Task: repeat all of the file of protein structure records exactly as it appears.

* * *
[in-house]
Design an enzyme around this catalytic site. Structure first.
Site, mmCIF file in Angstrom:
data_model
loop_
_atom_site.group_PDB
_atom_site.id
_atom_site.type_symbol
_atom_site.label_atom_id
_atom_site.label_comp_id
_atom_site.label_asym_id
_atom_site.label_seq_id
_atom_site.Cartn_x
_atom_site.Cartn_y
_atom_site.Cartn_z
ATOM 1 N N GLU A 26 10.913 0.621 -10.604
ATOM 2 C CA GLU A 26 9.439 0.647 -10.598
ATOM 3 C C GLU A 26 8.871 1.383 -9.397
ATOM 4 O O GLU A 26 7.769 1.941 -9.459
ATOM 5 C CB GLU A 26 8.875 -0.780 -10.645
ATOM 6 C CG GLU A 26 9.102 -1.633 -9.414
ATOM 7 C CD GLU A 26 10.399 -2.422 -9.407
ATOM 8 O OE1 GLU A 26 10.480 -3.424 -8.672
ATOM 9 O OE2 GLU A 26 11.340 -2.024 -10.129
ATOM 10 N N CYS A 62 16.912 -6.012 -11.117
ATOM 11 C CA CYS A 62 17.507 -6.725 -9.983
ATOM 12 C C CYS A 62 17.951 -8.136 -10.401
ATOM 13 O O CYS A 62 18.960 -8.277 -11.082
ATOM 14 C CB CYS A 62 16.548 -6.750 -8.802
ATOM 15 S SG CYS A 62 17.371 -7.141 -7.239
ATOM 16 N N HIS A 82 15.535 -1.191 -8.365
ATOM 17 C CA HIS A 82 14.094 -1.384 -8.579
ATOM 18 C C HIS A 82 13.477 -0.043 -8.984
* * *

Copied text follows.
[in-house]
Design an enzyme around this catalytic site. Structure first.
Site, mmCIF file in Angstrom:
data_model
loop_
_atom_site.group_PDB
_atom_site.id
_atom_site.type_symbol
_atom_site.label_atom_id
_atom_site.label_comp_id
_atom_site.label_asym_id
_atom_site.label_seq_id
_atom_site.Cartn_x
_atom_site.Cartn_y
_atom_site.Cartn_z
ATOM 1 N N GLU A 26 10.913 0.621 -10.604
ATOM 2 C CA GLU A 26 9.439 0.647 -10.598
ATOM 3 C C GLU A 26 8.871 1.383 -9.397
ATOM 4 O O GLU A 26 7.769 1.941 -9.459
ATOM 5 C CB GLU A 26 8.875 -0.780 -10.645
ATOM 6 C CG GLU A 26 9.102 -1.633 -9.414
ATOM 7 C CD GLU A 26 10.399 -2.422 -9.407
ATOM 8 O OE1 GLU A 26 10.480 -3.424 -8.672
ATOM 9 O OE2 GLU A 26 11.340 -2.024 -10.129
ATOM 10 N N CYS A 62 16.912 -6.012 -11.117
ATOM 11 C CA CYS A 62 17.507 -6.725 -9.983
ATOM 12 C C CYS A 62 17.951 -8.136 -10.401
ATOM 13 O O CYS A 62 18.960 -8.277 -11.082
ATOM 14 C CB CYS A 62 16.548 -6.750 -8.802
ATOM 15 S SG CYS A 62 17.371 -7.141 -7.239
ATOM 16 N N HIS A 82 15.535 -1.191 -8.365
ATOM 17 C CA HIS A 82 14.094 -1.384 -8.579
ATOM 18 C C HIS A 82 13.477 -0.043 -8.984